Women are the Most Visible Servicemembers, and the Most Invisible Veterans
One of the questions I’m most frequently asked when people find out I’m a veteran is, “But you didn’t go in harm’s way, did you?”
I’ve been asked this question since I first joined the Navy. After nearly a decade of people asking me some version of this question, I have come to understand its implicit assumptions: that the only “real” military service is in combat; that a “front line” exists; and that women aren’t on it. None of these are true, and these assumptions overlook the fact that the military is fraught with hazardous and psychologically taxing assignments that don’t involve direct combat.
Female veterans often find themselves caught in a double bind when discussing their service due to the assumption that women are not combat veterans: disbelief if they are, and devaluation of their service, written off as not “real” veterans, if they are not. While the glorification of combat service as the only “real” service is problematic for many reasons – and most male veterans did not serve in direct combat – characterizing service in this way poses a particular challenge for female veterans. These women already face the obstacle that many, including male veterans from previous generations, do not think of women as veterans at all.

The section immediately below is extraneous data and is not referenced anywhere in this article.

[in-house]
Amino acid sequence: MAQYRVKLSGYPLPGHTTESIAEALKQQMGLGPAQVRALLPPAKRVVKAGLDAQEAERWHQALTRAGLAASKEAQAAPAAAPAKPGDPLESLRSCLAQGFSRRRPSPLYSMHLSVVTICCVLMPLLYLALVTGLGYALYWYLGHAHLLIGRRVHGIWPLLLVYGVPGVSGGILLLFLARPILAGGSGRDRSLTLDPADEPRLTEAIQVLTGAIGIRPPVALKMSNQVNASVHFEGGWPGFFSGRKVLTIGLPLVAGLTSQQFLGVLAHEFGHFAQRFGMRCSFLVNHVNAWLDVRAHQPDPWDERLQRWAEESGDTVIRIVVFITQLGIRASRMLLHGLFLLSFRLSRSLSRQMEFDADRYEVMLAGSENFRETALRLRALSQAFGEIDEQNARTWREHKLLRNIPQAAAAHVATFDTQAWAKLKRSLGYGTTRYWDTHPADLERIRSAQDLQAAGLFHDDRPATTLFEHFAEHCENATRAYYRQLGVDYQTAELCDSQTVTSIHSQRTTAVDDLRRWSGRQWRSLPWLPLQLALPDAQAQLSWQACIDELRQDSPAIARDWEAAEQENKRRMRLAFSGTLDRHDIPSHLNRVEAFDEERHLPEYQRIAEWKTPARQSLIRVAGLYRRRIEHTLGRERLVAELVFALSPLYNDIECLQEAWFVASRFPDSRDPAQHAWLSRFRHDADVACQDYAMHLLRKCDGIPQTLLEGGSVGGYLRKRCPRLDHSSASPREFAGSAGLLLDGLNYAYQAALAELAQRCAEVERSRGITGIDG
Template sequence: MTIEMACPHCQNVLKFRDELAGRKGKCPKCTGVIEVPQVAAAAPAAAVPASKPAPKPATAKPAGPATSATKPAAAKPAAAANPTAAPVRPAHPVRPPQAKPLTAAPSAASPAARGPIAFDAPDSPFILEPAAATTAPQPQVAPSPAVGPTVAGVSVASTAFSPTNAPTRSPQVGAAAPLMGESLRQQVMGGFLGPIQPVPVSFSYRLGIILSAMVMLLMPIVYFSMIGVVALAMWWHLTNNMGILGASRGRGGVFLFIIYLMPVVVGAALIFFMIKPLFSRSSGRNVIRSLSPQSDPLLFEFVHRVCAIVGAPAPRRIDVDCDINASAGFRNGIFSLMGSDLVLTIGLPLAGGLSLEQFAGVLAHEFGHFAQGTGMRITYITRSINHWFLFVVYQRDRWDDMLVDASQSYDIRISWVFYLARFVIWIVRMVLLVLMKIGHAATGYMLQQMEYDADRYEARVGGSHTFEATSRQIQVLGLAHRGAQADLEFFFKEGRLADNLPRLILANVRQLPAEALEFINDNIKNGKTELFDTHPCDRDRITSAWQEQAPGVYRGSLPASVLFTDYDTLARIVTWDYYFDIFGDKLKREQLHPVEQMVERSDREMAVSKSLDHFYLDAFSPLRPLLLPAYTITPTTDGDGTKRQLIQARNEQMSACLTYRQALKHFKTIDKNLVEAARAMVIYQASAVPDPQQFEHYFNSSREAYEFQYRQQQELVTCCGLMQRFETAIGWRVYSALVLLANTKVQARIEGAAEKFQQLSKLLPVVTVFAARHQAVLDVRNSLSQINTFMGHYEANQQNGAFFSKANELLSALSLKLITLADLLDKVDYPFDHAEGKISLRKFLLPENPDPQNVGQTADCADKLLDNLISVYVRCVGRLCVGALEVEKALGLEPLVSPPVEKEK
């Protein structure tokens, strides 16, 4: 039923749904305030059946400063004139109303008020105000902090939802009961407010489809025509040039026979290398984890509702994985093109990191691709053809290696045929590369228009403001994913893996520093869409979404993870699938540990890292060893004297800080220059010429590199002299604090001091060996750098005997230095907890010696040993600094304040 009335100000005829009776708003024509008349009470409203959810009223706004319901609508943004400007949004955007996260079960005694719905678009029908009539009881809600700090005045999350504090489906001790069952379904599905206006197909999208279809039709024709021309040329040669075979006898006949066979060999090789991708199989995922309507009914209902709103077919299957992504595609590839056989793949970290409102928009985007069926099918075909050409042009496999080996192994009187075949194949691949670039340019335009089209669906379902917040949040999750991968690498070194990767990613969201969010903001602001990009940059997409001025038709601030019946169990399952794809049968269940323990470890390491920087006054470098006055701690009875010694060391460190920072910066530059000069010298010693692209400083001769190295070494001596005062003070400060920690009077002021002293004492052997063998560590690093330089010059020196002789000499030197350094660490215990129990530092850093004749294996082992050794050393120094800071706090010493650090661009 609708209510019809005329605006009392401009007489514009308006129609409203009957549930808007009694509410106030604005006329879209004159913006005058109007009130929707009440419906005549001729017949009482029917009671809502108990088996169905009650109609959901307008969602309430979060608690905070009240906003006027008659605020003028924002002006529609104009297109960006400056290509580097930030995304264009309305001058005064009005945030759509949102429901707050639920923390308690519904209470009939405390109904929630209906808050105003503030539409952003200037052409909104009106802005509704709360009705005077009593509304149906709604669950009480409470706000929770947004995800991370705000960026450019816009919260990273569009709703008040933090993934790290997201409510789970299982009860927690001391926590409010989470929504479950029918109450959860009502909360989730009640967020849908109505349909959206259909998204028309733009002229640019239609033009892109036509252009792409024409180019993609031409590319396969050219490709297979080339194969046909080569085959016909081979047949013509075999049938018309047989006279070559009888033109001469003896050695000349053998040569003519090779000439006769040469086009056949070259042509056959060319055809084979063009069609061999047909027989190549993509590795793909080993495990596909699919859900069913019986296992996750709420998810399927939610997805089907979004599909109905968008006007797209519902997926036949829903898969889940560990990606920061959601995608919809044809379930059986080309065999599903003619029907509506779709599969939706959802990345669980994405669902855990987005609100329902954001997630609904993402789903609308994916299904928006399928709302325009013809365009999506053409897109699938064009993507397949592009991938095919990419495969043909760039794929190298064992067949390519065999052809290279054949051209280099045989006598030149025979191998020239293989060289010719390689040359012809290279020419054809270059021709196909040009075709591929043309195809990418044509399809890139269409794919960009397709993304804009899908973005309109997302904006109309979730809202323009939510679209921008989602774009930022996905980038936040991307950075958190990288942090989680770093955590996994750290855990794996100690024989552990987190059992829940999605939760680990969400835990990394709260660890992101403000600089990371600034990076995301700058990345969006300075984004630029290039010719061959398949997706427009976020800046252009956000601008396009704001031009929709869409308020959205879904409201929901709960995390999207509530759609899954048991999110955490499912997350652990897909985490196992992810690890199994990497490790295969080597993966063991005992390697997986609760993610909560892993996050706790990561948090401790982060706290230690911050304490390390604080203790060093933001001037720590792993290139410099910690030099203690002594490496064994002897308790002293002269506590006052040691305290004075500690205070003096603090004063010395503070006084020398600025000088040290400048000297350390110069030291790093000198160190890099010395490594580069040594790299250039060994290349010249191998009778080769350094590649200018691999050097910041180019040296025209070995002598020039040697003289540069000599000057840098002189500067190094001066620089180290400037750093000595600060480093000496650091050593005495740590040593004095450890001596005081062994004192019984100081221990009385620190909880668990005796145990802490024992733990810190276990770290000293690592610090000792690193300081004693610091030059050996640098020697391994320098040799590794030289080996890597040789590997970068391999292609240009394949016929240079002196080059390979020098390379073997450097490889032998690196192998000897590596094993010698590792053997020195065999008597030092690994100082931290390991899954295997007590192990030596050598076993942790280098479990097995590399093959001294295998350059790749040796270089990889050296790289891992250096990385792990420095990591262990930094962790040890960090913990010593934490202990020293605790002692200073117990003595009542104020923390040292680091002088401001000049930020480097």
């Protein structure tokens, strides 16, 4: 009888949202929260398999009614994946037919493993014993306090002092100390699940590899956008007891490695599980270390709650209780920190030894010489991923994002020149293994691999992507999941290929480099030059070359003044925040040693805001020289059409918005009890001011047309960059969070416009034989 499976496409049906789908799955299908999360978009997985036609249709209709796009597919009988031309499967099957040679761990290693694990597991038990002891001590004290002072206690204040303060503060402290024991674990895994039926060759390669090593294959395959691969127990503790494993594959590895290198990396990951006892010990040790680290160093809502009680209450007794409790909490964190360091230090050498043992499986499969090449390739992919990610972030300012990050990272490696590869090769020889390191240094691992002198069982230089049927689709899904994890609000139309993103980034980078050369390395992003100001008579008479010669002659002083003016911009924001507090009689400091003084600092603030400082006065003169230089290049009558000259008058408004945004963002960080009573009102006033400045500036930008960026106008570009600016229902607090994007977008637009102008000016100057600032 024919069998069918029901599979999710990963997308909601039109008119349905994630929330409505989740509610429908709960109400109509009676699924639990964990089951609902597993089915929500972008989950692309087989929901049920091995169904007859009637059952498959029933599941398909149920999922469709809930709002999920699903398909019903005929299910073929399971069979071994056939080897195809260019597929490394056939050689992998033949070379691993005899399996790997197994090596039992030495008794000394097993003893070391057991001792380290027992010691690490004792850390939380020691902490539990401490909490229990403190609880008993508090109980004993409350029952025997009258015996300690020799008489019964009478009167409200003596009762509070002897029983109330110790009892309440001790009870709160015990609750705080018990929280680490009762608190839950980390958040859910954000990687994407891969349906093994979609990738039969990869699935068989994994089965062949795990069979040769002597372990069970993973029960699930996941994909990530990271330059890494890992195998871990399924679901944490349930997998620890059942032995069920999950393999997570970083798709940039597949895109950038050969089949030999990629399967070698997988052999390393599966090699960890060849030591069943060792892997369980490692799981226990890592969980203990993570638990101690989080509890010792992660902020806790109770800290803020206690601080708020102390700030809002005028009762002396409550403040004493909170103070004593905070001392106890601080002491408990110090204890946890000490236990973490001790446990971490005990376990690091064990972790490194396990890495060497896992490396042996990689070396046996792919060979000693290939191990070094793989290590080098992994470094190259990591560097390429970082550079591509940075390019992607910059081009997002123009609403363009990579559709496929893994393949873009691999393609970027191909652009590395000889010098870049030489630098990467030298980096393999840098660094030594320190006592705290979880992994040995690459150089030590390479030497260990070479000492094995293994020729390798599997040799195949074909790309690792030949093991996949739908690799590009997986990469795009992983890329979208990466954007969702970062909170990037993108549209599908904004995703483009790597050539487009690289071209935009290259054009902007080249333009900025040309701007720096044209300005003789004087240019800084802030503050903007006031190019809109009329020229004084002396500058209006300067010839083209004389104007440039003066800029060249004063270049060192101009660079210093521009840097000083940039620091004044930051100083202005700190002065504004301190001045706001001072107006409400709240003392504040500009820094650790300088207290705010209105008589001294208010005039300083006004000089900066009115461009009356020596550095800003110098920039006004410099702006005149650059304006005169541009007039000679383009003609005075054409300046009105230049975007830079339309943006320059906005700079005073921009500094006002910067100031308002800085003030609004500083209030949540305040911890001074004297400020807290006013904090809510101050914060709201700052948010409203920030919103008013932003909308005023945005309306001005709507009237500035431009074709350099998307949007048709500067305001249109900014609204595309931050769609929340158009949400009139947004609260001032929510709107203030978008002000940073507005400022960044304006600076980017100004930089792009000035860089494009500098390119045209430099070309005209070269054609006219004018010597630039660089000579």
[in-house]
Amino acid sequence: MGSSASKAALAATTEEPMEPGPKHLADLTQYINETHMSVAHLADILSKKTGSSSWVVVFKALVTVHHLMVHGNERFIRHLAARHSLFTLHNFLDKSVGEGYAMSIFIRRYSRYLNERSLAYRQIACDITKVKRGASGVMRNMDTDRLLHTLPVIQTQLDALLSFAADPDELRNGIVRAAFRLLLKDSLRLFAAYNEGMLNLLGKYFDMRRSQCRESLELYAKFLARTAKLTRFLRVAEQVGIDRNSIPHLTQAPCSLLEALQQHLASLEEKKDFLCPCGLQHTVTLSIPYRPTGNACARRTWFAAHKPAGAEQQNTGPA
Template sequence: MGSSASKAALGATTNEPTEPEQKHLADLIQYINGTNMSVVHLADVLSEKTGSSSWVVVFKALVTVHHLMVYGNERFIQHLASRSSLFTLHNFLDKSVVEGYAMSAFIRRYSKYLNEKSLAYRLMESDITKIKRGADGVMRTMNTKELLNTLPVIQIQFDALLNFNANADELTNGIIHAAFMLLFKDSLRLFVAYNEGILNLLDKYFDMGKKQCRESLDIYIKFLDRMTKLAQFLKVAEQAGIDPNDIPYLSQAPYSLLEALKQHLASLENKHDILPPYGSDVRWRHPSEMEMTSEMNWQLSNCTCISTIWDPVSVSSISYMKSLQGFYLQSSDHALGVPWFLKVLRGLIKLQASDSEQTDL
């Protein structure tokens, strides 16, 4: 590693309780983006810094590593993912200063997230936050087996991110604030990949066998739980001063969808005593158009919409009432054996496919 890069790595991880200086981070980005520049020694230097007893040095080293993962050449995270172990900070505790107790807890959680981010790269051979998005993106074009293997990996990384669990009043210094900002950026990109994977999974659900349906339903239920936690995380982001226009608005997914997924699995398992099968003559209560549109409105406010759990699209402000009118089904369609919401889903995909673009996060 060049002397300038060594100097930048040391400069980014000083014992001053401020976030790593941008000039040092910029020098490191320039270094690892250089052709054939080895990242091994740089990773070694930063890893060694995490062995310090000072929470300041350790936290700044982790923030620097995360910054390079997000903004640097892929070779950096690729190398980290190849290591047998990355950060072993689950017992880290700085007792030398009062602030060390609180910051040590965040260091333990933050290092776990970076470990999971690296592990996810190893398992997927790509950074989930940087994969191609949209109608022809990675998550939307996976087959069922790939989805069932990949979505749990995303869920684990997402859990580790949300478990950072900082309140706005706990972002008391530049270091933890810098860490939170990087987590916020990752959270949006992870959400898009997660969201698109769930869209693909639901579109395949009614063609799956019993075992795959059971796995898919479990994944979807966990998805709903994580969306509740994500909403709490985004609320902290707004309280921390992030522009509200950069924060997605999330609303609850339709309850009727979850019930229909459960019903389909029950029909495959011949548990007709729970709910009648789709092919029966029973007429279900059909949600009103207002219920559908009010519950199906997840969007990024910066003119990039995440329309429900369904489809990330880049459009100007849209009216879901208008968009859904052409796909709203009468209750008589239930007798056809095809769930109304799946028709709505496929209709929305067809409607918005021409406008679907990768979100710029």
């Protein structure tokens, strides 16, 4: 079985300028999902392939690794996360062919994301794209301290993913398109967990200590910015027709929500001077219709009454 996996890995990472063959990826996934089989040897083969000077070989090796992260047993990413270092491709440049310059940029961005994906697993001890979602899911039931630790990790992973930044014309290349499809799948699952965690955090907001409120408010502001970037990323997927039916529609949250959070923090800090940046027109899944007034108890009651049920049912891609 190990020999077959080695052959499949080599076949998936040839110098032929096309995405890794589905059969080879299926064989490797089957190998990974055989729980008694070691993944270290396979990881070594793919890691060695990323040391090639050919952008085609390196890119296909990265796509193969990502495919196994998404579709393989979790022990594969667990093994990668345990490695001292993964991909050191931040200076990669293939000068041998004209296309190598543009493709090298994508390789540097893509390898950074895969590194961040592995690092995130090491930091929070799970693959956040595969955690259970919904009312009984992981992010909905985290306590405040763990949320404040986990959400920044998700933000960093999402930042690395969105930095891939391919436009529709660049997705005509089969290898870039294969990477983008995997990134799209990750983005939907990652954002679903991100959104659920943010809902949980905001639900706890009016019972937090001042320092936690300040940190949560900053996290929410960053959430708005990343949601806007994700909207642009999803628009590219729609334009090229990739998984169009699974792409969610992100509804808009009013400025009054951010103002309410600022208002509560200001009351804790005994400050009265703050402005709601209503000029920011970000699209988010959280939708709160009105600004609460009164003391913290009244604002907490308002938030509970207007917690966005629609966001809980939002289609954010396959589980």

Over the course of the last year, I engaged with over 100 servicewomen and female veterans to understand how experiences on active duty affect women’s identities as veterans. Some were women I had served with and close friends; some were strangers who responded to social media postings. They spanned four decades of service and came from every walk of life, ethnicity, sexual orientation, service branch, and military occupational specialty. If there is any universality to the findings, it’s that being a woman in the military is a uniquely lonely experience. Servicewomen are promised they are joining a brotherhood at enlistment or commission, only to find that women are constant outsiders.
Read the full report.